DEAR MISS MANNERS: Last fall, I married my partner of 24 years in another state that allowed gay marriages, as our state did not. Once back, we had a lovely reception at our home and hosted about 100 guests.
We really did not want presents, and after doing some research, decided not to mention anything about gifts on the invitation. We received many great and unique gifts and many gift cards, which were put to good use.
However, we were surprised to receive a number of greeting cards with promises to take us out to dinner to celebrate. Seven months later, not one has made good on their promise.
Not that we are keeping track, but each time we see one of these folks, we hear, "Oh, we still owe you a dinner!"
I politely reply, "You don't owe us a thing, but we would love to go out with you sometime soon!" It is to the point of being very awkward when we see one of these people. We never bring up the forgotten dinner.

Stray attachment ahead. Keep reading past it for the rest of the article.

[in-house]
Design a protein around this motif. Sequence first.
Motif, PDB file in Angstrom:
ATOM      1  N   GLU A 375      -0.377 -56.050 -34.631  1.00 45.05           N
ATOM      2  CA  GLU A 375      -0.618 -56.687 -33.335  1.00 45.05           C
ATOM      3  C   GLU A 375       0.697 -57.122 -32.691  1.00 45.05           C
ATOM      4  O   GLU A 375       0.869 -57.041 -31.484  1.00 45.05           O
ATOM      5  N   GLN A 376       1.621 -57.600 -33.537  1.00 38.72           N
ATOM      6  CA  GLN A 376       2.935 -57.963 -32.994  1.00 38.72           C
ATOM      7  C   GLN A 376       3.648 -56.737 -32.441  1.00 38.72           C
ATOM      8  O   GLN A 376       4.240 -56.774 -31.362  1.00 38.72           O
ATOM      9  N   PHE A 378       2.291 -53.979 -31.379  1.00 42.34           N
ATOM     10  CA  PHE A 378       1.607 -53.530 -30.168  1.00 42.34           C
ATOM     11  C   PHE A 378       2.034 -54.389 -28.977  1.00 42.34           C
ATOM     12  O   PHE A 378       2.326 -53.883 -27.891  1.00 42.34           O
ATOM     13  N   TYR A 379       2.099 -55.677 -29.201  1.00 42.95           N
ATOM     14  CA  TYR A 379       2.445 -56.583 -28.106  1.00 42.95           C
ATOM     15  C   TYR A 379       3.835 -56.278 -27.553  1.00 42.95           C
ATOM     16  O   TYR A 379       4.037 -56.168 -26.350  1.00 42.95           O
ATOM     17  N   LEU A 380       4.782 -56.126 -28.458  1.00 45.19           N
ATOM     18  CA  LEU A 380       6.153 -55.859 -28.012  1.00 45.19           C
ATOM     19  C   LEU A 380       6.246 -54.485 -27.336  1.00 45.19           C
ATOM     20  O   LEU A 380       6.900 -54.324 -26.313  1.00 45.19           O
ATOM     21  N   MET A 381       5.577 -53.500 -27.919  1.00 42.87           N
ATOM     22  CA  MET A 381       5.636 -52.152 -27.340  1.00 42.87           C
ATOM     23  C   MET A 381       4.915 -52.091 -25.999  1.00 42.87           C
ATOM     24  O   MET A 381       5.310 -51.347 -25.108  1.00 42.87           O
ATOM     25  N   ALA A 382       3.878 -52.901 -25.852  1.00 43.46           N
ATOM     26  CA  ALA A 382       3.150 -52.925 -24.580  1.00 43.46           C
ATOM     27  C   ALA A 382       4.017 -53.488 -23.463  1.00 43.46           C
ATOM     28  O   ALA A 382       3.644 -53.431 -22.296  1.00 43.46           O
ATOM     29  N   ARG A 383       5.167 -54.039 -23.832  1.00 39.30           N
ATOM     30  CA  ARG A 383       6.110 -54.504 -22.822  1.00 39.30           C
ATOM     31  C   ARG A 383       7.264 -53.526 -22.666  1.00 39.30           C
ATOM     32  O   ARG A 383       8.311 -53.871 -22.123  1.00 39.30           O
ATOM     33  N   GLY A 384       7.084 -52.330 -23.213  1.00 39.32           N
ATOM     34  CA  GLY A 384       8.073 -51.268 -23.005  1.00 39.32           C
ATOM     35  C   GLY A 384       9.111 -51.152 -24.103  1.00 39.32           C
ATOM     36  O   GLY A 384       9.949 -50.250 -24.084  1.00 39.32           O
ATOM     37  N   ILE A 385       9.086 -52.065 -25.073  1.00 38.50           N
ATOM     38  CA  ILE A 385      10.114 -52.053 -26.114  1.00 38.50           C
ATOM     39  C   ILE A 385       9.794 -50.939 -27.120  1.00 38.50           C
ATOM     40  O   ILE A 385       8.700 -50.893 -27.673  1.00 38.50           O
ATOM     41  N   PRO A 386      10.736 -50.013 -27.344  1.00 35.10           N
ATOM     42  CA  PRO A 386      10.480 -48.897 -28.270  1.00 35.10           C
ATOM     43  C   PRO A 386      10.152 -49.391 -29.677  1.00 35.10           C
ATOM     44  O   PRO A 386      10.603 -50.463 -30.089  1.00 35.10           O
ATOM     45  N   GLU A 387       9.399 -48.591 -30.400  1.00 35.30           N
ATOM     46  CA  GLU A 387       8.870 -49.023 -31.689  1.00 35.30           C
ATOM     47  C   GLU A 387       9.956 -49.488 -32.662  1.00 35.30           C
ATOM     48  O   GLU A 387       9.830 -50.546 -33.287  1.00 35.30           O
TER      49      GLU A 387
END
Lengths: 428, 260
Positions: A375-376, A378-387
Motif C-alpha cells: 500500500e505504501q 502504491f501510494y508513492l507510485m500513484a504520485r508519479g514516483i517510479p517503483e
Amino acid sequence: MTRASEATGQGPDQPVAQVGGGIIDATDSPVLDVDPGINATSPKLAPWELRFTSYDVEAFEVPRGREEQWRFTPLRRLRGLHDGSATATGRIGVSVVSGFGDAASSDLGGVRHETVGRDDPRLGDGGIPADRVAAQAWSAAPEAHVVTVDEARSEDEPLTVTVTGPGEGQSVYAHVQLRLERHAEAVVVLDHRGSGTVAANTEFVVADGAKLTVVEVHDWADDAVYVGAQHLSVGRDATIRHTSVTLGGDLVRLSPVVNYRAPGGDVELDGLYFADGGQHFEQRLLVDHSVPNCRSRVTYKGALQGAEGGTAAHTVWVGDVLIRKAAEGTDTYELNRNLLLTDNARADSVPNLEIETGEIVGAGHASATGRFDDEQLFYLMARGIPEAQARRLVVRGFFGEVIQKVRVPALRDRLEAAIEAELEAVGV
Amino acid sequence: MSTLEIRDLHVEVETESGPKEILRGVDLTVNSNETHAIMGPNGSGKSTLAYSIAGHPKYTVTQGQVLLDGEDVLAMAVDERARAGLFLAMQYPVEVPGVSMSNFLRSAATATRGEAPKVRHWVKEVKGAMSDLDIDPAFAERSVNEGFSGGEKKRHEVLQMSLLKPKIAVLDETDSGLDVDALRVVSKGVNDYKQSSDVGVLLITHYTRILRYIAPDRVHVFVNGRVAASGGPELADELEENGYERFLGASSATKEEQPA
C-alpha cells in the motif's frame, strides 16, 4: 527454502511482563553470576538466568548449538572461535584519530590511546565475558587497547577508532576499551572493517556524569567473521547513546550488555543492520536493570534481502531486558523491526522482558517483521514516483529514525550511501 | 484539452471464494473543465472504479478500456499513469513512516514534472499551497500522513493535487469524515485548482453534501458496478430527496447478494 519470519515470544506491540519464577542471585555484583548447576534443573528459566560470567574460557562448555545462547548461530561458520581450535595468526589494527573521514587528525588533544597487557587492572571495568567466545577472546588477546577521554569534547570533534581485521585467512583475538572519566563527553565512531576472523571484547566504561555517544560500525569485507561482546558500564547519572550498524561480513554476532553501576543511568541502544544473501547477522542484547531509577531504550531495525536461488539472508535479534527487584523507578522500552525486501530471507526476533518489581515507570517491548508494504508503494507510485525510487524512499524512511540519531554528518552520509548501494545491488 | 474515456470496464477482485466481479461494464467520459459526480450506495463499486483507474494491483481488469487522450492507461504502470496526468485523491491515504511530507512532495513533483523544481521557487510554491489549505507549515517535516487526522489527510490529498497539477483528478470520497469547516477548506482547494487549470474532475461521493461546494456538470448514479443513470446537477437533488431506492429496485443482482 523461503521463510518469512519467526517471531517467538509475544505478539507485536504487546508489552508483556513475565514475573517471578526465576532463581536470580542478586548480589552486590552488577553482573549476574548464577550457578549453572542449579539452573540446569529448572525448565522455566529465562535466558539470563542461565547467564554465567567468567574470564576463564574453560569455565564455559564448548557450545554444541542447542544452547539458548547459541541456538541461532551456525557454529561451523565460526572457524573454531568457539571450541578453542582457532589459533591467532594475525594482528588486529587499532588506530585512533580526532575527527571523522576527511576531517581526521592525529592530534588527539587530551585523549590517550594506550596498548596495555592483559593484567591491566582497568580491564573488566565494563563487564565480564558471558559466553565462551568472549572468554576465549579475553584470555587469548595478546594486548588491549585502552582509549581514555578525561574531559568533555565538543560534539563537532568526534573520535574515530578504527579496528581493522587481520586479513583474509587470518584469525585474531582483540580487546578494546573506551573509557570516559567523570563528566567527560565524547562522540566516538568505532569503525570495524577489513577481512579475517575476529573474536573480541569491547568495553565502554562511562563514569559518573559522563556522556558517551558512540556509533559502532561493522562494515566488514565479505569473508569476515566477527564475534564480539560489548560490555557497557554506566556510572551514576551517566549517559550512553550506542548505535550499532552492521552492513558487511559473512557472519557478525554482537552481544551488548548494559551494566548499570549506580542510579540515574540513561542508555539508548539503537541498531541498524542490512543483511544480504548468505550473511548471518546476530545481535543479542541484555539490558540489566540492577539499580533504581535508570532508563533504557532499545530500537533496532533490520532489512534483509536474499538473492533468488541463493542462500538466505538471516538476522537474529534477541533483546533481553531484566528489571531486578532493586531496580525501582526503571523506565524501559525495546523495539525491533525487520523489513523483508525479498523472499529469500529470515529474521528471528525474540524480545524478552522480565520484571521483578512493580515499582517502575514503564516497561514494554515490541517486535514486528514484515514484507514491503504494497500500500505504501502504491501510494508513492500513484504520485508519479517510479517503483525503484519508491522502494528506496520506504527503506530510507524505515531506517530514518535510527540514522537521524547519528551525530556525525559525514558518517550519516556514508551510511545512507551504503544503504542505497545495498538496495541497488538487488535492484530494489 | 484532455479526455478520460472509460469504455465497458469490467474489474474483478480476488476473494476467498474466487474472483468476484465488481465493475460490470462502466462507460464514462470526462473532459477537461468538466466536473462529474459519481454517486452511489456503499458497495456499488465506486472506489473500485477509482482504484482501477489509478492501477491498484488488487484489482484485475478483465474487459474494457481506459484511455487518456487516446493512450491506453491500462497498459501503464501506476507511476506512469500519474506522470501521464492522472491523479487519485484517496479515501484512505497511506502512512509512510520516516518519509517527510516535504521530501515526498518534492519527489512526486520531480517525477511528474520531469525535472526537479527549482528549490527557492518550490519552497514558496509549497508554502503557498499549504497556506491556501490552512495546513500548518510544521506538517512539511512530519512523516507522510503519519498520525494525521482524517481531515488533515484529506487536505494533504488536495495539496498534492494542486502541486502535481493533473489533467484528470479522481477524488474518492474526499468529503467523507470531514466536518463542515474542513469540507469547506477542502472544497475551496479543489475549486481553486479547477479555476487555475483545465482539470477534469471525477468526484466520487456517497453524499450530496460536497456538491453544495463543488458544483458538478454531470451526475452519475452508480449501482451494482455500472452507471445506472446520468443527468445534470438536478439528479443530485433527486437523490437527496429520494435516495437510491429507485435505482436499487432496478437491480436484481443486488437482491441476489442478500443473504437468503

I hope young married couples do not receive such promises as gifts. What are your thoughts?
GENTLE READER: That you needn't worry about the awkwardness, which is of their making, and which you have been handling gracefully.
Miss Manners quite agrees with you about such promises. She does not doubt that the desks of many parents now contain prettily decorated but worn slips of paper with Christmas promises from their children for breakfast in bed and other treats.